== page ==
Heroes come in all colors, sizes and genders. They speak different languages and overcome different obstacles, but they have one thing in common: They teach the old-fashioned virtues of courage, determination and self-reliance.
At age 8, Sonia Sotomayor was diagnosed with diabetes, a life-threatening illness 50 years ago. She quickly realized that her dysfunctional parents — an alcoholic father, a detached mother — could not be relied on. So she learned to boil a pot of water, sterilize a needle and give herself the insulin shots she needed to stay alive.
A year later, her father drank himself to death and her mother sank into a deep depression, locking herself in her room at night and sobbing uncontrollably. After months of this behavior, Sotomayor told Nina Totenberg of NPR, the girl banged on her mother’s door and demanded that she pull herself together. The next day her mother emerged, in a nice dress and with styled hair, and life resumed for the little family.
These are two of the stories Sotomayor tells in her new memoir, “My Beloved World,” and in a round of media interviews. They certainly help explain how a Puerto Rican who grew up speaking Spanish in the housing projects of the South Bronx became the first Hispanic Supreme Court justice. One reviewer sneered that Sotomayor “can sometimes irritate” by handing out “facile homespun wisdom, such as, ‘From a task as simple as boiling water, you can learn a worthwhile lesson.’”
But that sort of intellectual snobbishness is dead wrong. Stories conveying “homespun wisdom” are exactly how we teach our children essential values. That pot of water is a symbol of responsibility, and Sotomayor’s emphasis of such ordinary examples is what makes her book so useful. Many heroes are “fantasized” in popular culture, she says, outsized and unapproachable. Her aim is “to tell the truth,” to show “how an ordinary person, with strengths and weaknesses like anyone else, has managed an extraordinary journey.”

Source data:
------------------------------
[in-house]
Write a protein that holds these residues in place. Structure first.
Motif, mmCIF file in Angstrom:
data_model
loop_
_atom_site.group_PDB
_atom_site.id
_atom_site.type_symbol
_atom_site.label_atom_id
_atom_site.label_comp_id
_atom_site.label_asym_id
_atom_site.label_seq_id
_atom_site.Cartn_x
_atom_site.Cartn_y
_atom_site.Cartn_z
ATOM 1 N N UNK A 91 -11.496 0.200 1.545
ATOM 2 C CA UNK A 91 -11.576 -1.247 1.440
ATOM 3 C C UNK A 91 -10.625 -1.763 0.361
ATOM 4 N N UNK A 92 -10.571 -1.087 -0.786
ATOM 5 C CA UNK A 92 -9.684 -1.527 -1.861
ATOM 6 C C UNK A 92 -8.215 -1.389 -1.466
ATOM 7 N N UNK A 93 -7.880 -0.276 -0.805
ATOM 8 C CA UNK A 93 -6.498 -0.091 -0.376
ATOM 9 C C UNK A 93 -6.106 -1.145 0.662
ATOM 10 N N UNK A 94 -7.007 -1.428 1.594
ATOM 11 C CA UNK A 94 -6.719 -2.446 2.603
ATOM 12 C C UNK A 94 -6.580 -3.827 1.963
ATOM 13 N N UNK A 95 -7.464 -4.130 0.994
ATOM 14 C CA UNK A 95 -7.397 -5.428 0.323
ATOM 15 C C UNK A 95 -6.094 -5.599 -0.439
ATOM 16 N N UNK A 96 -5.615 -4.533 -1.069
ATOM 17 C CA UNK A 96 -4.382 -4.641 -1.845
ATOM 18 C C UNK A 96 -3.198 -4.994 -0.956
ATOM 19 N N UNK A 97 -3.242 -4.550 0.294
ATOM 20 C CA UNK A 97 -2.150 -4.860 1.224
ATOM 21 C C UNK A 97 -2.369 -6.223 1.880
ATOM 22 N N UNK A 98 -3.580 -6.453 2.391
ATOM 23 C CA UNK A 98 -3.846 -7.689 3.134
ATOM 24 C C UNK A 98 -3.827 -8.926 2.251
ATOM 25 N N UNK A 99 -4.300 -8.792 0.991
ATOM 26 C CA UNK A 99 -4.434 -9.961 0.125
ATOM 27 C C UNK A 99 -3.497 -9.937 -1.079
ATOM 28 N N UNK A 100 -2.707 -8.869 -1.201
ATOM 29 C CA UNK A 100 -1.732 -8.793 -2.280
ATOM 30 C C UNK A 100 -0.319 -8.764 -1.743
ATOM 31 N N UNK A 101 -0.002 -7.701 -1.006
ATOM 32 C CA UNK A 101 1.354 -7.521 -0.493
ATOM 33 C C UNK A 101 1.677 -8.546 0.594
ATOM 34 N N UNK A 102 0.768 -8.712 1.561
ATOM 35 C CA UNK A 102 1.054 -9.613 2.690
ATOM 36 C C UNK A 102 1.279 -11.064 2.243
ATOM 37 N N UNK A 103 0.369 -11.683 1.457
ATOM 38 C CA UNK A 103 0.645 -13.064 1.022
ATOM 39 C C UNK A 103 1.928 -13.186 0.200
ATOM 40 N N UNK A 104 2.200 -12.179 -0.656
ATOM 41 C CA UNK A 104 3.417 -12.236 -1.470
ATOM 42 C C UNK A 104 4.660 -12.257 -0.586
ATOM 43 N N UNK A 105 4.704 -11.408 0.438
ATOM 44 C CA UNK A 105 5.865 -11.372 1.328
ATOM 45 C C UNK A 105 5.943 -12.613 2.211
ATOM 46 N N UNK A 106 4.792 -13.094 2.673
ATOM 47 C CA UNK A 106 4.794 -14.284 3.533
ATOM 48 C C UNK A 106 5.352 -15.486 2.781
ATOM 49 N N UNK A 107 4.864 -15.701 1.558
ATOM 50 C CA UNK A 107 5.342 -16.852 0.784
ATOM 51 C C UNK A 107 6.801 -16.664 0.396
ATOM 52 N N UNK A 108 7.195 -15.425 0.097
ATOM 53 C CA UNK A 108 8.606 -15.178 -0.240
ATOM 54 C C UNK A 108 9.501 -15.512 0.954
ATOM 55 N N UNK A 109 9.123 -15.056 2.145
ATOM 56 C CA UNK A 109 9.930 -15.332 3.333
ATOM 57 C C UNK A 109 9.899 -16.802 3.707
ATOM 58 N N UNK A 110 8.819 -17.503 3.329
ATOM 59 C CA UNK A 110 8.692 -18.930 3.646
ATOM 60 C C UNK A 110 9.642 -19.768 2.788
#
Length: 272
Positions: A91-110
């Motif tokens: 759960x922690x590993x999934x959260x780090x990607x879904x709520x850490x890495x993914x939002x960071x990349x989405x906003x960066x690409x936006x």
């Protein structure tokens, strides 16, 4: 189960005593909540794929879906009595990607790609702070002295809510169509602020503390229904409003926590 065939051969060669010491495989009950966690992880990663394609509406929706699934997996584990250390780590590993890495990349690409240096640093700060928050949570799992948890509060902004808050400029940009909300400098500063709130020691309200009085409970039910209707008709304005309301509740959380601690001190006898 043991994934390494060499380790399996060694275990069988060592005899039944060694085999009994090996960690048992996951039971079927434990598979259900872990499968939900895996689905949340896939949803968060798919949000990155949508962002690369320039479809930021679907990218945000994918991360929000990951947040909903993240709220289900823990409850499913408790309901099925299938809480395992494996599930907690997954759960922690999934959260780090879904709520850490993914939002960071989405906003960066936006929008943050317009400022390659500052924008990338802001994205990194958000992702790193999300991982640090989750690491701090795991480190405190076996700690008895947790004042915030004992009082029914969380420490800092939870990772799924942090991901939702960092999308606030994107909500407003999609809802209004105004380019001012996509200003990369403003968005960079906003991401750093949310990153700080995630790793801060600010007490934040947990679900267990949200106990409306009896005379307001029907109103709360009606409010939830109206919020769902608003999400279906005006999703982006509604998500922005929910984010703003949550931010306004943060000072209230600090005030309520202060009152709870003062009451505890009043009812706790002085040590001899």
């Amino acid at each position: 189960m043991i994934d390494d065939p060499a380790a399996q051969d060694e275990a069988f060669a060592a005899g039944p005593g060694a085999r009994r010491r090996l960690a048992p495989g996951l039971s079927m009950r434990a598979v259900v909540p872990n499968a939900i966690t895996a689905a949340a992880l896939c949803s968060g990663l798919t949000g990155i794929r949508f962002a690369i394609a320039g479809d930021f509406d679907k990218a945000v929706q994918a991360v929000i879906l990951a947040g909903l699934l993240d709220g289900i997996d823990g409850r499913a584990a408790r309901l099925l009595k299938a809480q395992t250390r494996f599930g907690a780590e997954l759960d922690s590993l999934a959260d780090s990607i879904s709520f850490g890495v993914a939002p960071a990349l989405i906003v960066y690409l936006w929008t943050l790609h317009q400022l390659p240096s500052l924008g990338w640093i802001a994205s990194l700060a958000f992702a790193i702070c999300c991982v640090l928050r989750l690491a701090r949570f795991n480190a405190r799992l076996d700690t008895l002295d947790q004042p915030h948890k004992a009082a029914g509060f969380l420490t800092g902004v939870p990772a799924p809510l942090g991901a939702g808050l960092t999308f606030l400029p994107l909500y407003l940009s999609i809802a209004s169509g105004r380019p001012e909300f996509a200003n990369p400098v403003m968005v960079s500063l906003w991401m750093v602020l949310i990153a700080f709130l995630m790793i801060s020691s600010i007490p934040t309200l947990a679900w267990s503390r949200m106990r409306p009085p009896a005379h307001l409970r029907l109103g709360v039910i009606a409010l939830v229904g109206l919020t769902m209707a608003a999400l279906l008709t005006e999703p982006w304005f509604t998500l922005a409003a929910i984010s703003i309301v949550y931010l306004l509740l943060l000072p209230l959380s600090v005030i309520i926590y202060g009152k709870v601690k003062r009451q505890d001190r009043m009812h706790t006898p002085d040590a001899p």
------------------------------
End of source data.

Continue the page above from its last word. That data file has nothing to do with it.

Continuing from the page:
A critical part of that journey was her admission to Princeton, and then Yale Law School, through the “special door” of affirmative action. At college, she felt like “an alien landing in a different universe.” She writes: “I came to accept during my freshman year that many of the gaps in my knowledge and understanding were simply limits of class and cultural background, not lack of aptitude as I’d feared. I honestly felt no envy or resentment, only astonishment at how much of a world there was out there and how much of it others already knew.”
Steve has taught at George Washington University for 21 years, and Sotomayor’s description is both familiar and insightful. Students like her don’t lack aptitude; they lack experience. They have not enjoyed the advantages that more privileged families take for granted. Their minds are like empty rooms, without the intellectual furniture others construct from travels and lessons, books and plays.
Sotomayor quickly figured this out, and the same girl who sterilized her own needles at age 8 built her own furniture. She bought grammar and vocabulary texts and drilled herself during lunch hour at her summer job. But not every student who feels like an “alien” at an elite campus has that fortitude, and the “special door” of affirmative action has to be the beginning of the story, not the end. When schools accept “Sonia from the Bronx,” they have to help her overcome “the limits of class and cultural background.”
Many reviewers have compared Sotomayor’s story to that of Justice Clarence Thomas, who also entered Yale Law School through a “special door” but emerged with a deeply hostile view of affirmative action. As he wrote in his memoir “My Grandfather’s Son,” “I’d graduated from one of America’s top law schools -- but racial preference had robbed my achievement of its true value.”
Sotomayor takes a very different view, defending affirmative action that creates “the conditions whereby students from disadvantaged backgrounds could be brought to the starting line of a race many were unaware was even being run.” She confessed to The Washington Post that she occasionally feels “a touch (of) impostor syndrome,” but insists: “If affirmative action opened doors for me at Princeton, once I got in, I did the work. I proved myself worthy.”
So she has. Her book is being published in Spanish and English, but it should be translated into many other languages as well. A young adult version would be a good idea, too. We need more heroes who look and sound like Everywoman, not Superman.
Steve and Cokie Roberts can be contacted by email at firstname.lastname@example.org.